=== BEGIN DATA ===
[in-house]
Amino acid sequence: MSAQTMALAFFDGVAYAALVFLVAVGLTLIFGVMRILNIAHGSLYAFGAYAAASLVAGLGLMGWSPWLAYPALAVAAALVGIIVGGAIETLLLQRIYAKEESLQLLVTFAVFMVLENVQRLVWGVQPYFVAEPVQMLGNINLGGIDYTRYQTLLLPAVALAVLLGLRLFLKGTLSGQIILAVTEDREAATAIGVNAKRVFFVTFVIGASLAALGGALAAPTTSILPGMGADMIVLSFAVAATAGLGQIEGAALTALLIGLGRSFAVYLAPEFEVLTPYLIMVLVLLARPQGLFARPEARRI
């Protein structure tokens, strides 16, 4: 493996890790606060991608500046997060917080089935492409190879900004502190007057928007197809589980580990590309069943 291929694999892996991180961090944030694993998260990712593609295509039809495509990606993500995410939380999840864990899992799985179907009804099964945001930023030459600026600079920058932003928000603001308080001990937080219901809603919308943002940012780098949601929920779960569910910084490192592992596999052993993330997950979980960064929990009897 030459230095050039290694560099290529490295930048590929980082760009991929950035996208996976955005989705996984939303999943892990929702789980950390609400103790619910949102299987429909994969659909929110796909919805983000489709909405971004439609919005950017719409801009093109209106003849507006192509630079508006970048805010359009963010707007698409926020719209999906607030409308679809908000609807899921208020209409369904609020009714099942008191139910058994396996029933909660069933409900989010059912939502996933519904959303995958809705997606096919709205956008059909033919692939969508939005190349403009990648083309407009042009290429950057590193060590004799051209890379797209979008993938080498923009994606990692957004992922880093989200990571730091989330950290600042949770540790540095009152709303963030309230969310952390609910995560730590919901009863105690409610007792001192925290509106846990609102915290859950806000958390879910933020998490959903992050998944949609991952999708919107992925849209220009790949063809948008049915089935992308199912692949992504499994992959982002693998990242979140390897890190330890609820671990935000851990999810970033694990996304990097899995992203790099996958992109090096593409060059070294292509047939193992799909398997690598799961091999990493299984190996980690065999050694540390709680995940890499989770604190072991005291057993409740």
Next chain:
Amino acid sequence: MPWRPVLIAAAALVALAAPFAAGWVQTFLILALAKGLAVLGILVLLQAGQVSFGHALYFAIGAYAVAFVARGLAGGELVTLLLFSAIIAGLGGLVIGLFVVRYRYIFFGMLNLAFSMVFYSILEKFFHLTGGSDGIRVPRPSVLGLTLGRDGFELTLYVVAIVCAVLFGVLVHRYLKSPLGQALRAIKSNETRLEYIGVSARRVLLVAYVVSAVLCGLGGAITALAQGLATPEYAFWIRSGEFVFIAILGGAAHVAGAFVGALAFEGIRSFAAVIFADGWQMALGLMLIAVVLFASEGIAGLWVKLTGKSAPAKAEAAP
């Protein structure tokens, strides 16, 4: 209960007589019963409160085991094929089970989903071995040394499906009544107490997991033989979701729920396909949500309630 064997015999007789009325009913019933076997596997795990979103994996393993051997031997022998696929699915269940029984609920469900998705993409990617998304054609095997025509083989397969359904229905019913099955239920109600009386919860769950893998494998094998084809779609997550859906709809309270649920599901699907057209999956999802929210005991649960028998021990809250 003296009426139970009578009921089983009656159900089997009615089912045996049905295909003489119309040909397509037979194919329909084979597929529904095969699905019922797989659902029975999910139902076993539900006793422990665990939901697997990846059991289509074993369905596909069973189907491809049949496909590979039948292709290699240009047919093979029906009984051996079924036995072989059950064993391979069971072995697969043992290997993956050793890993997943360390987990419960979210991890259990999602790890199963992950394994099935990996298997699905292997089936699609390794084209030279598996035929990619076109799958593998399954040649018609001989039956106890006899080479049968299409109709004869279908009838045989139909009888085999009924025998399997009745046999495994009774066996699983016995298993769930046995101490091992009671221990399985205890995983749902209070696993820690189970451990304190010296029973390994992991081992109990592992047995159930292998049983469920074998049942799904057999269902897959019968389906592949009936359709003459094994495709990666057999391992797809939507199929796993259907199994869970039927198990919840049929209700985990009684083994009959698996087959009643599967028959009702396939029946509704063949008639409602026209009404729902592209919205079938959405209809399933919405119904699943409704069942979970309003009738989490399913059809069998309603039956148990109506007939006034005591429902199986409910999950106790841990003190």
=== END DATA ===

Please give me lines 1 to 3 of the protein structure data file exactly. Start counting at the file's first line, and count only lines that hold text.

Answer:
[in-house]
Amino acid sequence: MSAQTMALAFFDGVAYAALVFLVAVGLTLIFGVMRILNIAHGSLYAFGAYAAASLVAGLGLMGWSPWLAYPALAVAAALVGIIVGGAIETLLLQRIYAKEESLQLLVTFAVFMVLENVQRLVWGVQPYFVAEPVQMLGNINLGGIDYTRYQTLLLPAVALAVLLGLRLFLKGTLSGQIILAVTEDREAATAIGVNAKRVFFVTFVIGASLAALGGALAAPTTSILPGMGADMIVLSFAVAATAGLGQIEGAALTALLIGLGRSFAVYLAPEFEVLTPYLIMVLVLLARPQGLFARPEARRI
């Protein structure tokens, strides 16, 4: 493996890790606060991608500046997060917080089935492409190879900004502190007057928007197809589980580990590309069943 291929694999892996991180961090944030694993998260990712593609295509039809495509990606993500995410939380999840864990899992799985179907009804099964945001930023030459600026600079920058932003928000603001308080001990937080219901809603919308943002940012780098949601929920779960569910910084490192592992596999052993993330997950979980960064929990009897 030459230095050039290694560099290529490295930048590929980082760009991929950035996208996976955005989705996984939303999943892990929702789980950390609400103790619910949102299987429909994969659909929110796909919805983000489709909405971004439609919005950017719409801009093109209106003849507006192509630079508006970048805010359009963010707007698409926020719209999906607030409308679809908000609807899921208020209409369904609020009714099942008191139910058994396996029933909660069933409900989010059912939502996933519904959303995958809705997606096919709205956008059909033919692939969508939005190349403009990648083309407009042009290429950057590193060590004799051209890379797209979008993938080498923009994606990692957004992922880093989200990571730091989330950290600042949770540790540095009152709303963030309230969310952390609910995560730590919901009863105690409610007792001192925290509106846990609102915290859950806000958390879910933020998490959903992050998944949609991952999708919107992925849209220009790949063809948008049915089935992308199912692949992504499994992959982002693998990242979140390897890190330890609820671990935000851990999810970033694990996304990097899995992203790099996958992109090096593409060059070294292509047939193992799909398997690598799961091999990493299984190996980690065999050694540390709680995940890499989770604190072991005291057993409740």